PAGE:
Chlorine, Pollution and the Parents of Tomorrow

by Ann Link

Burning organochlorines, as in incineration, spreads dioxins and similar compounds efficiently into the air. They fall on pastures and hence enter our food chain through farms. Dioxins enter our river systems through contamination and seepage from processes like timber treatment with the organochlorine wood preservation, PCP. They end up in sediments where fish feed, and the toxic waste returns to us in our food.

The levels of dioxin-like compounds now present in human bodyfat in industrialized countries appear to be unprecedented in human history. In the UK, our total levels of these compounds are comparable with those found in the USA. In addition, our levels of dioxins and furans alone, expressed in terms of the most toxic dioxin, 2,3,7,8 - TCDD, are similar to levels of TCDD which actually cause behavioural changes in rhesus monkey babies.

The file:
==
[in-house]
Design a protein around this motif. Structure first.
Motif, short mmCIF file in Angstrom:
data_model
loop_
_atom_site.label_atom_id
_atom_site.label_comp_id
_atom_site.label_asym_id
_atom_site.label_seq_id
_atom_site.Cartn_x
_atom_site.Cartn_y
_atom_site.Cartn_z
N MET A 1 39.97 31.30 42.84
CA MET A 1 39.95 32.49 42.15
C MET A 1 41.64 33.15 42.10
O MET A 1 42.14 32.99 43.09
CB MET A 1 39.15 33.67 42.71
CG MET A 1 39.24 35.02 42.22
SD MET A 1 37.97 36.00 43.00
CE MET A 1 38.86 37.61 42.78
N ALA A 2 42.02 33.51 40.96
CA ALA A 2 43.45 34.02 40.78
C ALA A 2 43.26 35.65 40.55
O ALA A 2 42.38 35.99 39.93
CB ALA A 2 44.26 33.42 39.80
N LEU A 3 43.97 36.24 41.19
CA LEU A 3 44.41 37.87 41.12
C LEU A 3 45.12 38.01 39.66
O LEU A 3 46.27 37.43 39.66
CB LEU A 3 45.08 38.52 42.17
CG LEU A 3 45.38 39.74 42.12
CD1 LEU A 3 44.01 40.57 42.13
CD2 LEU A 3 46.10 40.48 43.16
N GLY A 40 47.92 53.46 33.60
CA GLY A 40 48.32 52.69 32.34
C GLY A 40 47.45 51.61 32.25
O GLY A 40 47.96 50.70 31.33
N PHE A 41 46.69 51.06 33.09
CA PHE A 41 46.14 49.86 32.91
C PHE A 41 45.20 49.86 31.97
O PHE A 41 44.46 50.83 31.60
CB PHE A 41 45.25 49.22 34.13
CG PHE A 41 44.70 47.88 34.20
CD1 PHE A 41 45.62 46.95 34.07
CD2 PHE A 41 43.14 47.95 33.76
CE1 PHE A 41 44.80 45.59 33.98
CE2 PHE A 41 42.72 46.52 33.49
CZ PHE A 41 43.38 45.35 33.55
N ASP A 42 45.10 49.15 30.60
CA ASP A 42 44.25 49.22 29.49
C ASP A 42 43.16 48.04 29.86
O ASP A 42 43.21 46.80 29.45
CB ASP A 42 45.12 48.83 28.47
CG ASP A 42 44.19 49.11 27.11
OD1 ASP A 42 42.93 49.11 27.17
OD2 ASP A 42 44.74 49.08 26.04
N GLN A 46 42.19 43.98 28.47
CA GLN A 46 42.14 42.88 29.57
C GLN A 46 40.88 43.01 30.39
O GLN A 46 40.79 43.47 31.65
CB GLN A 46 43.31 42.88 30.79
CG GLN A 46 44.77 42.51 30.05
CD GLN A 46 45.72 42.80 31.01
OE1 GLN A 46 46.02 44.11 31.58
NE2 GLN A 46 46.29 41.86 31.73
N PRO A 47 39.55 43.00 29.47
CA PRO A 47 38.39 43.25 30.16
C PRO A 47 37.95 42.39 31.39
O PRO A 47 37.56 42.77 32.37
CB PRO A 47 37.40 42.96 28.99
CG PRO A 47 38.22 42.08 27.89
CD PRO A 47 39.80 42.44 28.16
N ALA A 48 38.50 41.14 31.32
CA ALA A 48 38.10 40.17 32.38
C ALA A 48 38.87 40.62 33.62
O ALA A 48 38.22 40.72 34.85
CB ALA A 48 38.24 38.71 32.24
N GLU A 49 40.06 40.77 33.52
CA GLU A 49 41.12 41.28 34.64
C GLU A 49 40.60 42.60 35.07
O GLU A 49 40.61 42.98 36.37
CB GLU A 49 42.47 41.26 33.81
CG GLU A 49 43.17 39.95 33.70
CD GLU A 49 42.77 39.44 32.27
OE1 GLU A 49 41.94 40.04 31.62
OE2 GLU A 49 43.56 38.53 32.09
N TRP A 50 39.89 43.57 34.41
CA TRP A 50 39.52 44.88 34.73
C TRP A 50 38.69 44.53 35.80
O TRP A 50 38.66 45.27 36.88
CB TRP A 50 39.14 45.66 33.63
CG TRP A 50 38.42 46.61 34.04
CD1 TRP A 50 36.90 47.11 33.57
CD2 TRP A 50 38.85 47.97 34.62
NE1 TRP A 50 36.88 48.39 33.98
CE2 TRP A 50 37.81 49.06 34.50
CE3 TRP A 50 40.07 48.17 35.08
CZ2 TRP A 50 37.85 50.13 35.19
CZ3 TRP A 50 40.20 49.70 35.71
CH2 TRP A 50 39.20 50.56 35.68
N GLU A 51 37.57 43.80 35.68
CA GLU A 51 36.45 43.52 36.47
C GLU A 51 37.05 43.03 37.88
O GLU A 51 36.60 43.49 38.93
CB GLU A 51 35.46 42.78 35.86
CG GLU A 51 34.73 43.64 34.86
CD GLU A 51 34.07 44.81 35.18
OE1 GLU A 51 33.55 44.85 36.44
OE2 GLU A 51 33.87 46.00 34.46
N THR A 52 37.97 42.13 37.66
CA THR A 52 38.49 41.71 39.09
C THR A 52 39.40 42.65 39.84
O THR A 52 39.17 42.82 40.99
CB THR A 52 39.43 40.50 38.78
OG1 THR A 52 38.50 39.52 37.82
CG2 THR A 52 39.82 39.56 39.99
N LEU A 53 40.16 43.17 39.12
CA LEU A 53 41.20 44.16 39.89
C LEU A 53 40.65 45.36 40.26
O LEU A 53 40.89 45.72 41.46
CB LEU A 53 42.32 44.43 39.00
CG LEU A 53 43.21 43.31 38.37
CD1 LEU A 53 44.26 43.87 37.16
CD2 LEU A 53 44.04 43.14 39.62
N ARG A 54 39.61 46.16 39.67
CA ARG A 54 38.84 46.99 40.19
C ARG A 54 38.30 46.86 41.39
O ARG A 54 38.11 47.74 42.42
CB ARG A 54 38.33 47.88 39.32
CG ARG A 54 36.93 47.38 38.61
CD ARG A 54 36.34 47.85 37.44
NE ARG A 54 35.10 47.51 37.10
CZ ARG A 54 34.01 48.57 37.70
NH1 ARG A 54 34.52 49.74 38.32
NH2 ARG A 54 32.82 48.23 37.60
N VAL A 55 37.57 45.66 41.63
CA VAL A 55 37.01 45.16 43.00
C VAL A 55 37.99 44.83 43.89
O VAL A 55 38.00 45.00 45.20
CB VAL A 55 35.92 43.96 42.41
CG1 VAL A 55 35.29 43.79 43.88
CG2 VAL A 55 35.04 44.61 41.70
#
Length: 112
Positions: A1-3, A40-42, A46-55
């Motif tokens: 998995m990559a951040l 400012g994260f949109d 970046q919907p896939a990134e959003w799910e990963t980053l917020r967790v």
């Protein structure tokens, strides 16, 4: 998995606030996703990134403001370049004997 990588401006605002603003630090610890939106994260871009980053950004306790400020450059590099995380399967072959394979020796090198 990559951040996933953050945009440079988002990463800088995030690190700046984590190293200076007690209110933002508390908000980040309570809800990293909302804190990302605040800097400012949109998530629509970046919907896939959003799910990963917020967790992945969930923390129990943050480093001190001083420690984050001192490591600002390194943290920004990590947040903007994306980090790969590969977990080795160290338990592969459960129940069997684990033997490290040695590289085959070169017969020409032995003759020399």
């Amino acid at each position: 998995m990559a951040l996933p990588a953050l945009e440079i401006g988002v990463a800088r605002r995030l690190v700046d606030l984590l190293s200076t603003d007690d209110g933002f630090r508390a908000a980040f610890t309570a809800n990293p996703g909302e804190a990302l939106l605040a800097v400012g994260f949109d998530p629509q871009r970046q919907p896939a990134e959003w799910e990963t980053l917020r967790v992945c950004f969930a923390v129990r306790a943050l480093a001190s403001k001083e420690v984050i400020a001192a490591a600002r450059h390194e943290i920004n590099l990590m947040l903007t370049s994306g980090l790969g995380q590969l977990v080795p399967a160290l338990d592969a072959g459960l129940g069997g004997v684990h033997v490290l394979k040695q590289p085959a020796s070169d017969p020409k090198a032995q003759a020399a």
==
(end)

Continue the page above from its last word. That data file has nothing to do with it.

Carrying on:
Effects like those seen in the USA are almost certainly occuring here in a small percentage of the child population, especially where there is high fish intake and raised levels of dioxins and furans in milk. If even 1% of UK children are affected, this represents thousands of children with what the USA researchers refer to as "diminished potential".


Published in 1988 by:

The Women's Environmental Network

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